Loss never really gets easier

My first grandparent passed away when I was in the sixth grade.  I remember it more clearly than the loss of my other grandparents, not because of his significance but because it was my first traumatic loss.  He had pancreatic cancer and passed away within 8 weeks of his diagnosis.  A few days after Christmas.  My parents still made me go to swim practice, and I cried inside my goggles the whole time.  When winter break was over and I went back to the awkward middle school environment, I thought “No else has ANY idea what just happened.”  I was utterly heartbroken.

JP, my other grandfather passed away a few years later, followed by his wife/my grandmother, and then Meemaw, my mom’s mom/Pappaw’s wife.  Within those 10 years, I lost all of my grandparents.  As a child, I dreamed that all of them would be at my wedding, but their time to leave this earth came much sooner.  Around those losses, several other family members and close friends left this human existence too.  As a young adult, I had been to more funerals, visitations, and services than I care to count, so I was all too familiar with death.

Or so I thought.

Each death is very heartbreaking and difficult to grieve, but losing our Sarah Belle has been harder than I could have imagined.  Most of the deaths I have experienced were preceded by old age, illness, or a rare accident.

Sarah was none of those.

At least in my eyes.

My husband bought Sarah Belle when she was 8 weeks old, well before I knew him.  She was the runt of the pure black labs.  Our sweet girl would not fight for her milk with the other puppies, so she was bottle fed.  Always such a baby.  When John took her home, she slept on his belly or in his arm nook.  His first year in college, he had to live on campus and could not have a “pet,” so Sarah stayed home with his parents.  He went home often, and by his second year at UA, she moved to school with him.  Sarah Belle and John were inseparable.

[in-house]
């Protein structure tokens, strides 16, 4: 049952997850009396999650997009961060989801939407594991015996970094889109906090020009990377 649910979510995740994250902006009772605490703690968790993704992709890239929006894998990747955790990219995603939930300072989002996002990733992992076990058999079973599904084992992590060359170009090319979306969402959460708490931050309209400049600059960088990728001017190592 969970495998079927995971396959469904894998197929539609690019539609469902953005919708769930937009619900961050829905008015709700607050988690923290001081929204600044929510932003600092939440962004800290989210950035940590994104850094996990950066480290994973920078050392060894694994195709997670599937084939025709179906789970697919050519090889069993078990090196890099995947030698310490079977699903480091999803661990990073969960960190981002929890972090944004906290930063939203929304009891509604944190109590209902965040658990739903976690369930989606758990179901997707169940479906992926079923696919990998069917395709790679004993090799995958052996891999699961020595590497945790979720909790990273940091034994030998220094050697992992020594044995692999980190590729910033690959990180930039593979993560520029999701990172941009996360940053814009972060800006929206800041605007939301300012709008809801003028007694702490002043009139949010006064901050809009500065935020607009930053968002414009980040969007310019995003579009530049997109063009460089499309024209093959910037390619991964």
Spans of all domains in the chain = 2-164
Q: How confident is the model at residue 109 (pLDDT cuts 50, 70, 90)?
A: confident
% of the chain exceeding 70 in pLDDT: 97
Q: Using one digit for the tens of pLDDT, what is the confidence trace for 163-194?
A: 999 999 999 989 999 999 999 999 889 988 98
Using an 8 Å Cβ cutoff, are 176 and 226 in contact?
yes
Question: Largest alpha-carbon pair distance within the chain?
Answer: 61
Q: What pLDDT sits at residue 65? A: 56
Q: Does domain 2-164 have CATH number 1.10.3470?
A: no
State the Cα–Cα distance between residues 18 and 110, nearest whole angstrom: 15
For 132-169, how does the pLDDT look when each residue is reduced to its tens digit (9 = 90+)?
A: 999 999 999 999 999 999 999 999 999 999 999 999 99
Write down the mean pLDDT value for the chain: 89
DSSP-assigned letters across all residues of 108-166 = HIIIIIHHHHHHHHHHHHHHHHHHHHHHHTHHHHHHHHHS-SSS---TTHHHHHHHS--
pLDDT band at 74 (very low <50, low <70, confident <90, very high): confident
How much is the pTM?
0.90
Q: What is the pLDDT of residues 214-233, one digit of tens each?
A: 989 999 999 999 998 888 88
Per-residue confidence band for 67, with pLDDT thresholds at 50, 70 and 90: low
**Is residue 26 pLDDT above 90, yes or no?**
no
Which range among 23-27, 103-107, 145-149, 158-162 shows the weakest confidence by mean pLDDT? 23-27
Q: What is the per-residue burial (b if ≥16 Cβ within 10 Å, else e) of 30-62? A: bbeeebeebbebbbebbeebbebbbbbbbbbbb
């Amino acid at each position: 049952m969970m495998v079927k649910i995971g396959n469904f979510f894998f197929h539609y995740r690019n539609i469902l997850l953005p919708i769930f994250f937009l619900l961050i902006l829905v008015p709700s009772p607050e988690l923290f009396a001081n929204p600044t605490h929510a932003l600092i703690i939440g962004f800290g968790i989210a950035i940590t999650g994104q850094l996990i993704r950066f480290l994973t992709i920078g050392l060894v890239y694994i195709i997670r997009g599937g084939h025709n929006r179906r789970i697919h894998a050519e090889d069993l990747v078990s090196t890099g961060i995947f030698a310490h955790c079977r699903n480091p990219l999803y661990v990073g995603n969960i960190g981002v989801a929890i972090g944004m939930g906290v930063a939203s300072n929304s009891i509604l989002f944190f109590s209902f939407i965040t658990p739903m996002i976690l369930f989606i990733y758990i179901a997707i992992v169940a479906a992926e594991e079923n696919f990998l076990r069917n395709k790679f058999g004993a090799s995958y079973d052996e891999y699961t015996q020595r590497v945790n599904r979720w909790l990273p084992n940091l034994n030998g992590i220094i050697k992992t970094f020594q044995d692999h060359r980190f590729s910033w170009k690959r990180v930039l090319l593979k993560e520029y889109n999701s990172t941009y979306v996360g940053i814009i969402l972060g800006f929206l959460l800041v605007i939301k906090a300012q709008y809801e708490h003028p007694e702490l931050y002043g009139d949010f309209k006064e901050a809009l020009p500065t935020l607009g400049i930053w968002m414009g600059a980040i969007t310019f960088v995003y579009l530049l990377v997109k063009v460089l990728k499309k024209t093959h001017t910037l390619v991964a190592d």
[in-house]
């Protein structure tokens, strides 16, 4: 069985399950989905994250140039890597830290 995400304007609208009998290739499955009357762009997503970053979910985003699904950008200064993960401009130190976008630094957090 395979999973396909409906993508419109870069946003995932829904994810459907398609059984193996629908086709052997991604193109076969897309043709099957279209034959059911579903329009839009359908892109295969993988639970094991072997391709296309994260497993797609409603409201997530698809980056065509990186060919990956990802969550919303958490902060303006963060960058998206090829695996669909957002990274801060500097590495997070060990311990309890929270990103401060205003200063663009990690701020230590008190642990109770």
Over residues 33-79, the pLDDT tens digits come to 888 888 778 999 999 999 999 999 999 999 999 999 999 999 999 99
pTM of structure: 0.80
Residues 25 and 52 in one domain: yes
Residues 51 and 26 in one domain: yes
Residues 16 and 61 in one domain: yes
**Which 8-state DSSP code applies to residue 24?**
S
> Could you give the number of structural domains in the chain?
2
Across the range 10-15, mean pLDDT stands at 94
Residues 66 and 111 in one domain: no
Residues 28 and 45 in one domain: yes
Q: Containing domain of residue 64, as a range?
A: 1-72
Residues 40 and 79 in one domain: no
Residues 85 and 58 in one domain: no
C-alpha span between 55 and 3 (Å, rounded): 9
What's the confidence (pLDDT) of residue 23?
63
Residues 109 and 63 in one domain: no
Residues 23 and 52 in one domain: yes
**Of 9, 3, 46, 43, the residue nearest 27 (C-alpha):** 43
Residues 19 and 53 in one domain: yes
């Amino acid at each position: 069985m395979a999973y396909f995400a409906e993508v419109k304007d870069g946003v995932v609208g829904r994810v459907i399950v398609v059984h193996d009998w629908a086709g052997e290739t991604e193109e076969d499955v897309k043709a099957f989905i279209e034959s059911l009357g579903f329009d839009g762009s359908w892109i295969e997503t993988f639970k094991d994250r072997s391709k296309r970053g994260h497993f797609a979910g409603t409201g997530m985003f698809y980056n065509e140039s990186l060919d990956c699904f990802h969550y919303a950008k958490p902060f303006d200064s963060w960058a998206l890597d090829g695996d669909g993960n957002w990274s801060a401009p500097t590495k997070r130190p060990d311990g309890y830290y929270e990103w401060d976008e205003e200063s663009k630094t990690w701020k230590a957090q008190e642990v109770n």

I met John a few years later and fell in love with the pair.  If we were sitting on the couch and I got up, there was a big chance Sarah would steal my seat.  There was an even bigger chance I would not ask her to move.  I knew John was my soulmate, but Sarah was his too.  She was meant to have him as a daddy, and eventually me as her mommy.

When I moved to Nashville after college, we made plans to visit each other every weekend.  In our lives, relationships are the most important no matter what other people may advise us.  John and Sarah would drive up one weekend, and I would travel down to Alabama the next weekend.  They finally moved to Nashville and Sarah Belle was the center of attention.  Since John lived with his band mates and I lived in a one bedroom apartment, he would bring Sarah over everyday.  She was with him in the mornings while I worked, then with me in the evenings when her dad worked.  She went with him to band practice and rode with me in my car everywhere.  A yoga mat rolled out meant that Sarah was either going to sit right in the middle or lie down beside me while I practiced and wiggled around.  She was never left alone for more than a couple of hours.  Spoiled puppy 😉